But not quite yet. Today is my last day to wrap up all the pre-10-day-trip projects and preparations and I'm feeling it...right in that spot where my head and neck become acquainted with eachother and I tend to carry stress. I have been deep in the throes of a highly productive creative time and have felt driven to constantly be in my studio indulging in the creative process. Add to that the desire to have items complete, photographed and ready to list in my etsy shop for at least a few of the 10 days I'll be away (in between chauferring the kiddoes and various other household duties) and you have a picture of what things are like here.

So I'm up, boarding passes printed, coffee poured, laundry sorted and iron heating...and it's off I go!

Don't be a stranger!

Friday, August 5, 2011

Collaborative Quilting With Women of the Past

As promised in my previous post Tying on the Feed Bag, this post is all about my latest quilting project. While poking around my favorite auction website recently I discovered dozens of handpieced quilt tops made with my favorite: feedsack! The prices and condition of these quilt tops vary widely and it took a bit of vision to see what some of them might become, but I decided to take the plunge and buy a couple to experiment with.

Here's my first purchase:

I was instantly drawn to the bold patterns and "wonky" piecing that reminded me of a crazy quilt. When it arrived and I layed it out I was mystified however, as to what to do with such a skinny quilt. The blocks were coming apart in places and clearly it needed some love. But like an old house it had good bones and I knew that if I stared at it long enough, and walked away and thought about it, and ate little chocolate, and had a glass or two of wine, and slept on it a few times (the concept, not the quilt ;) inspiration would strike. And it did.

First I decided that I would need to separate the blocks and rearrange them into a more practical configuration. I had a lot of time to ponder my next steps as I sat with my trusty seam ripper (I'm designing a holster for it) and carefully took the quilt apart. Once the blocks were liberated from eachother, it was off to the ironing board & then the cutting mat where I squared up the blocks in preparation for putting it all back together. I knew I wanted to wind up with a touchable, usable quilt as a final product and that would require adding fabric. I chose a cheerful cheddar yellow to accent and brighten the feedsack. Then, I was off to the sewing machine...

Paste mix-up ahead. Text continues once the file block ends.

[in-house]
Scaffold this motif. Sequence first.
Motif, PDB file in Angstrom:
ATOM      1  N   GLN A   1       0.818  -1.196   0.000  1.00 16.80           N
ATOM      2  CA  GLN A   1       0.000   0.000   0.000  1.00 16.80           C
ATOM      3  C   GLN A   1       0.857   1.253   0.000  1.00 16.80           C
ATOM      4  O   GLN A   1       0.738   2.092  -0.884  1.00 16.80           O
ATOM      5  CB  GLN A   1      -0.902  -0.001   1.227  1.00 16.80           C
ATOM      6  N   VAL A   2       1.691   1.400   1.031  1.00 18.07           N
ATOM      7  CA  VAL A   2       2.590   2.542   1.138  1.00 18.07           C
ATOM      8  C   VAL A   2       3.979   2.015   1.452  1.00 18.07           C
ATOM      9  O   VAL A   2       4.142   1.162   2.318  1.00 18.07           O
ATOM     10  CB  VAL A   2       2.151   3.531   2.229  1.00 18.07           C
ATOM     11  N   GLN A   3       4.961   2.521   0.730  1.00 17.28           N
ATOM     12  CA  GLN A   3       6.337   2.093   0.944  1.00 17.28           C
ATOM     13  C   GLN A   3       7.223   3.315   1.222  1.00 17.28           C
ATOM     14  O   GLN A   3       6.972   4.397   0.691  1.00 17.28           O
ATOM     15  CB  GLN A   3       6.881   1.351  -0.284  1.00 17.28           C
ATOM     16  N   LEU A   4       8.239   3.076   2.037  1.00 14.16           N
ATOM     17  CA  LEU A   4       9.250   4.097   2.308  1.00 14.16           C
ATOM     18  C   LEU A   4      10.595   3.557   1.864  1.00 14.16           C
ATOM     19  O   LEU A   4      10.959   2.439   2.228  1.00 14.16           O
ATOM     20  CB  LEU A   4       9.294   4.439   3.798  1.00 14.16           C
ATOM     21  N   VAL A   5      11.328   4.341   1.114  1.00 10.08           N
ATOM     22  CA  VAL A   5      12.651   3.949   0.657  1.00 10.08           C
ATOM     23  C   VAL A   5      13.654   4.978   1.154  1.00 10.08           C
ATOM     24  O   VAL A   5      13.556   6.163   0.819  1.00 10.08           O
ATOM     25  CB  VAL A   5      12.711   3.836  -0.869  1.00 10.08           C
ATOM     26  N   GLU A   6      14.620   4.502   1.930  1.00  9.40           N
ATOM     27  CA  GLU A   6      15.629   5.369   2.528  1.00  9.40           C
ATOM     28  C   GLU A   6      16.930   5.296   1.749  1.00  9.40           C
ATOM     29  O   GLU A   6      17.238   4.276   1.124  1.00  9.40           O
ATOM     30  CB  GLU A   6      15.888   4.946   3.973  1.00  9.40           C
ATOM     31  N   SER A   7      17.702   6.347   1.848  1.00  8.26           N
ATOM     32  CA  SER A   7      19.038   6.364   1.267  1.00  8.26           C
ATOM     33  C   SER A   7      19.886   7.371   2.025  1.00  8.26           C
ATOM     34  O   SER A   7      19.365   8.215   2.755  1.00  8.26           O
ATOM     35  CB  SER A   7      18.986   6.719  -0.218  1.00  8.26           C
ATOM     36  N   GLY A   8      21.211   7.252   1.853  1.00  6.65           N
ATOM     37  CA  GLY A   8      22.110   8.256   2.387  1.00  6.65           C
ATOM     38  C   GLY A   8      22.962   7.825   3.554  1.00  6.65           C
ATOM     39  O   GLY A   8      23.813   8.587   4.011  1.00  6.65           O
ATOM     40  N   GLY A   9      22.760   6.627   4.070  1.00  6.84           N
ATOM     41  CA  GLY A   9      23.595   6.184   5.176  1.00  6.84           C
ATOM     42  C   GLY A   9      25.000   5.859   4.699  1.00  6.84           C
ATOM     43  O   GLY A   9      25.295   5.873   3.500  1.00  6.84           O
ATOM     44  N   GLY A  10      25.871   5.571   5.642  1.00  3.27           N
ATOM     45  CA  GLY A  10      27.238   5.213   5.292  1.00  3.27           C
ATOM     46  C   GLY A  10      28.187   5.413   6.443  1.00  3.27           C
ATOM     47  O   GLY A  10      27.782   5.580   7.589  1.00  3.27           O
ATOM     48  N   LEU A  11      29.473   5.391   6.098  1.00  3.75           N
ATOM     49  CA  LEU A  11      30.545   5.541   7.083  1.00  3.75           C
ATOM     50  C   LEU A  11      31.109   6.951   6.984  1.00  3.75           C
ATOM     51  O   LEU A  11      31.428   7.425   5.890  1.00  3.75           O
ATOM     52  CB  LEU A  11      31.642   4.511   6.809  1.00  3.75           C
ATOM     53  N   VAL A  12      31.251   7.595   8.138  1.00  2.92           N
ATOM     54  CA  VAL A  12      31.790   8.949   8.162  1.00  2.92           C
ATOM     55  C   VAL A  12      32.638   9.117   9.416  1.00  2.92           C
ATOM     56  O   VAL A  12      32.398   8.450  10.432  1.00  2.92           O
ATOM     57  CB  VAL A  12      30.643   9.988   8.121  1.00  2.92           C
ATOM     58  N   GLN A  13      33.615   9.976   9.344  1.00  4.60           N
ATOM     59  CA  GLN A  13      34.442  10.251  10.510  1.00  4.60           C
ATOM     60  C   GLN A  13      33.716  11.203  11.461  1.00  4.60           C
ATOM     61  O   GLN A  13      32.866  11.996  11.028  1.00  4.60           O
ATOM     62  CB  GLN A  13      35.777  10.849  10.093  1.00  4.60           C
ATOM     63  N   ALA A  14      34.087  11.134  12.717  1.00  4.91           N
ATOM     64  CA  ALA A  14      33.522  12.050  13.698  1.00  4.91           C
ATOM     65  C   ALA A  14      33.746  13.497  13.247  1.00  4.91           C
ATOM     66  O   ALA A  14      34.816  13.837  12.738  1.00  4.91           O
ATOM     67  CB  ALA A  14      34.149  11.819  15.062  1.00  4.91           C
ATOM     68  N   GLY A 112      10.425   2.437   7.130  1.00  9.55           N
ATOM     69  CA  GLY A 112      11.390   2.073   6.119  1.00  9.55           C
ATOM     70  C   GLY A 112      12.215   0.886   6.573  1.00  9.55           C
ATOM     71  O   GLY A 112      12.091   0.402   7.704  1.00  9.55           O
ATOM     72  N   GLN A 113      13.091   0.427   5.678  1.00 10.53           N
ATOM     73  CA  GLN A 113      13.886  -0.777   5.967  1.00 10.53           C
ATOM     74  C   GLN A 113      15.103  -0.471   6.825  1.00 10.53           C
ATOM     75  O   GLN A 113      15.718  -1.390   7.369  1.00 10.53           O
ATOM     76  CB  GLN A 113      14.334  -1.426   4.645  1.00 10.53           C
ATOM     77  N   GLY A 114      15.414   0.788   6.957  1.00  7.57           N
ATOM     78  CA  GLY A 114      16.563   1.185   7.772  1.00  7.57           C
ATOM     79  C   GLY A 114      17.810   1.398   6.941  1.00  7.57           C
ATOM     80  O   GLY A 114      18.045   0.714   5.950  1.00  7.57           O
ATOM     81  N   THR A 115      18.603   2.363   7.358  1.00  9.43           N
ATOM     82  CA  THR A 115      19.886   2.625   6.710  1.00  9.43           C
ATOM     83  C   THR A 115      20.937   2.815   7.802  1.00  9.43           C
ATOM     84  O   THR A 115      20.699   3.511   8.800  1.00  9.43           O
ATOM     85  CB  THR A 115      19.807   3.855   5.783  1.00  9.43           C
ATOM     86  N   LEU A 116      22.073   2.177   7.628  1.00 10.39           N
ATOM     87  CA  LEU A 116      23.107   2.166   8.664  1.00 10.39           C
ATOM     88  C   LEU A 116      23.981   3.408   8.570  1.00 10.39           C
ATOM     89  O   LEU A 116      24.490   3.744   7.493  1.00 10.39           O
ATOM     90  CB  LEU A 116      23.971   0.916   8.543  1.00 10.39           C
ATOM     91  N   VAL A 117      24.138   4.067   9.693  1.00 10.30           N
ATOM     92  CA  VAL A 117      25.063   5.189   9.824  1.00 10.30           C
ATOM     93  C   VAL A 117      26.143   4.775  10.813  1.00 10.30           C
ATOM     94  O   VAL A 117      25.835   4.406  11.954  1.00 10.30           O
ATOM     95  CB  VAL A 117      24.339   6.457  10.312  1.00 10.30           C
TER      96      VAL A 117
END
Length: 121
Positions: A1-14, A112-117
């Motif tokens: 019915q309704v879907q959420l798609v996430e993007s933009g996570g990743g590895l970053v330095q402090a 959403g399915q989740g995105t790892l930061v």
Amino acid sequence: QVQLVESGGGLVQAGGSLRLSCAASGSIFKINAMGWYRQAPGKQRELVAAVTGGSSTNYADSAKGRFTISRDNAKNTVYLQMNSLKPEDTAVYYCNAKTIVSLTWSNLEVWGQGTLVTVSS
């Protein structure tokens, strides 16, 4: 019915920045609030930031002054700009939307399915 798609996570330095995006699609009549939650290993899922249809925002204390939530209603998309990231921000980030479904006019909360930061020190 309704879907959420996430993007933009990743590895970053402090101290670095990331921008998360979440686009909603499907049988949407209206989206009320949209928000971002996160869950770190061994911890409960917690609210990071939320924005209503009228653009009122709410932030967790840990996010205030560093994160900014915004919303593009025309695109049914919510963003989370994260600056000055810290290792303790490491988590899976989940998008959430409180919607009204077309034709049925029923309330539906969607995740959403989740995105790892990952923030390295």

And eventually, hours, weeks, days, years, decades after the feedsack had first been cut and handpieced by a woman of the past....The quilt was complete!

If you are interested in purchasing this quilt or seeing other pieces I've completed, visit my etsy shop at

Thanks for visiting!
Don't be a stranger!

Tying on the Feed Bag

I have a confession to make. I have an obsession with feedsack.

That may sound a bit strange, but I can assure you that I am not talking about the stuff the local farm gets their chicken feed in--well, not anymore at least. In the late 1800s through the early to mid 1900s however, that's exactly what it was. Cotton became cheap and plentiful and feed companies, as well as those selling flour, sugar, beans, etc. realized that it was more economical for them to ship their products in cotton sacks than the barrels they had been using. Initially, plain white cotton was imprinted with logos and the resourceful women of America began using this cloth to make quilts and clothing (try doing that with a barrel!). When manufacturers eventually caught on to how popular this "free" fabric was they started dying and eventually putting prints on the sacks. Trips to the feed & general store became almost competitive as women vied for their favorite prints. Feedsack frenzy reached it's zenith in the 1930s-40s during the Great Depression and tapered off as synthetic fabrics became more popular.

Now that you know what feedsack is, let me tell you a little about why I love it so much. Have you ever looked at something and felt transported--not just in space, but in time as well? That's what these fun, happy prints do for me. It's as if I'm suddenly in my grandmother's kitchen (the one who always had a bag of tootsie roll pops in the bottom drawer and ginger ale in the fridge). I get that feeling of being loved, treasured and spoiled right down to my toes. I also am filled with a sense of the peace that came with a simpler time in my life, which is how childhood usually seems in retrospect. But the time travel goes beyond that to a sense that I've been jettisoned into a whole other era and am suddenly planted firmly in the pre-WWII US. I know I'm idealizing an era, but these are the feelings that this practical textile evoke for me.

A sampling of my collection of reproduction feedsack...

One of my favorite pieces: vintage feedsack that my
grandmother used to make the kitchen curtains for the farmhouse
my mom lived in as a child. It now lines one of my favorite tote bags :)

Much to my delight I recently discovered that there are bunches of handpieced feedsack quilt tops out there just waiting for me to complete. Stop by later and see my first collaboration with a quilter I've never met who lived before I was born! I will be listing a reworked feedsack quilt top in my etsy shop at and blogging about my hand in it's completion.

Don't be a stranger!